Border crossing issues are within the competence of each EU member state separately, therefore the new rules were adopted in the form of recommendations.
The Council of the European Union has approved new recommendations regarding travel restrictions to the Schengen area imposed by the coronavirus pandemic. The new restrictions were adopted by written procedure on Tuesday, February 2.
In particular, the recommendations provide for new conditions for opening the borders of the European Union with a third country for any travel, including tourist. To do this, the country must meet the following criteria:
— the number of new cases of infection should not exceed 25 per 100 thousand of the population in the last 14 days;
— the number of new infections in the past two weeks should decrease or remain stable compared to the previous 14-day period;
— the country should conduct more than 300 tests per 100 thousand of the population for seven days;
— the number of positive test results for coronavirus in the last seven days should not exceed 4%.
In addition, the spread of different mutations of the coronavirus will also be taken into account.
Based on these criteria, the EU Council will update the list of states for whose citizens the Schengen borders will be open. The list was last revised on January 28th. Only seven countries remained in it: Australia, New Zealand, Rwanda, Singapore, South Korea, Thailand, and China.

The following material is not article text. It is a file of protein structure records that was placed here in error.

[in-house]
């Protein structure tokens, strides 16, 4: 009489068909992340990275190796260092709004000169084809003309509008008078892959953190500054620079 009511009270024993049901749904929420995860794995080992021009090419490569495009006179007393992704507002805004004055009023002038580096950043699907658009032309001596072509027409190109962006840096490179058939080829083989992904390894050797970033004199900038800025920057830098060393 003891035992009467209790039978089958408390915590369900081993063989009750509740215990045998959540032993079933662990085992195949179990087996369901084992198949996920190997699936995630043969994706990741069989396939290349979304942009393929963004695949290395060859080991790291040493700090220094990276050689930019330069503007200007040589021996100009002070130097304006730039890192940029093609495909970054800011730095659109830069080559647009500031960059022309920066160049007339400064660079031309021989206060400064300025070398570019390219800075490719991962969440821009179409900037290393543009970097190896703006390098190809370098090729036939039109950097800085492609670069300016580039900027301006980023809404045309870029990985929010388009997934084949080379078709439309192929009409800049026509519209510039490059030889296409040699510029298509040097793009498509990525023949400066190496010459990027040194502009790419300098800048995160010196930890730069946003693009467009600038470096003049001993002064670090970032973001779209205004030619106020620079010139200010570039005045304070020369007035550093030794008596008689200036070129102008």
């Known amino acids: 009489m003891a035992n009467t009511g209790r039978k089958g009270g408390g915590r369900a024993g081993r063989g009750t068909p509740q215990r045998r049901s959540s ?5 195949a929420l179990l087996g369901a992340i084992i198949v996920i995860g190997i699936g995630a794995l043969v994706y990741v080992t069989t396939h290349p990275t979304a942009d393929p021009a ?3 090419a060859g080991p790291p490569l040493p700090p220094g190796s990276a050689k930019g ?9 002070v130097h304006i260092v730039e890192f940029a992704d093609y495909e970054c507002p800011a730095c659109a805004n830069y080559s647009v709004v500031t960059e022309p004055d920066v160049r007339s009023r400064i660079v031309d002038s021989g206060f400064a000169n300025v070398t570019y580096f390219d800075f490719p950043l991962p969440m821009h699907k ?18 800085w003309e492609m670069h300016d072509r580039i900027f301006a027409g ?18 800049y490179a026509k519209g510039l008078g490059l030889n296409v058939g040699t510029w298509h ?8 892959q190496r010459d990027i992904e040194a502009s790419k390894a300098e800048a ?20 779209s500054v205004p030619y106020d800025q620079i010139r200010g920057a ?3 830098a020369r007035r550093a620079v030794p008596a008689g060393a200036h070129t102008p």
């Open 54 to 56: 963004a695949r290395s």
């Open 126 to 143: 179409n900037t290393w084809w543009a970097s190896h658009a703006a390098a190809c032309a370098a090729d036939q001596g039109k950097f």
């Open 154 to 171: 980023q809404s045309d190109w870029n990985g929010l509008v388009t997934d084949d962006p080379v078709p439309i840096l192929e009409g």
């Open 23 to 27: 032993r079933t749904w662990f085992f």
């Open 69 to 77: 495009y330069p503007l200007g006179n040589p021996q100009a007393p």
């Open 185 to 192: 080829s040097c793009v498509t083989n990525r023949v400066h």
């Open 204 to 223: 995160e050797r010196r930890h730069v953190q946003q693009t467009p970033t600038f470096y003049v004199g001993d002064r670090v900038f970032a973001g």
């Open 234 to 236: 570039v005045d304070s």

Additional restrictions on necessary travel to the EU
As before, so-called necessary trips are allowed. In other words, citizens and residents of EU countries, as well as, for example, transport workers or diplomats are allowed into the Schengen territory. But now, for their entry, they will require a document on a negative result of a PCR test, made no later than 72 hours before entering the Schengen area. This rule will not only apply to transport workers, such as drivers. Also, countries will, at their discretion, introduce additional restrictions on arrival — quarantine, self-isolation, or additional testing for coronavirus.
The recommendations also provide for the possibility of restricting the categories of people entitled to necessary travel. This will apply to those third countries where the epidemiological situation is rapidly deteriorating, primarily due to the spread of new variants of the coronavirus.
Since border-crossing issues are within the competence of each EU state separately, these rules are adopted in the form of recommendations. National governments will be responsible for their implementation. However, since it is the EU states that have jointly adopted these recommendations, they are expected to implement them.
These guidelines apply to all EU countries except Ireland, as well as Switzerland, Norway, Iceland, and Liechtenstein. Denmark has the right to decide whether to follow them or not.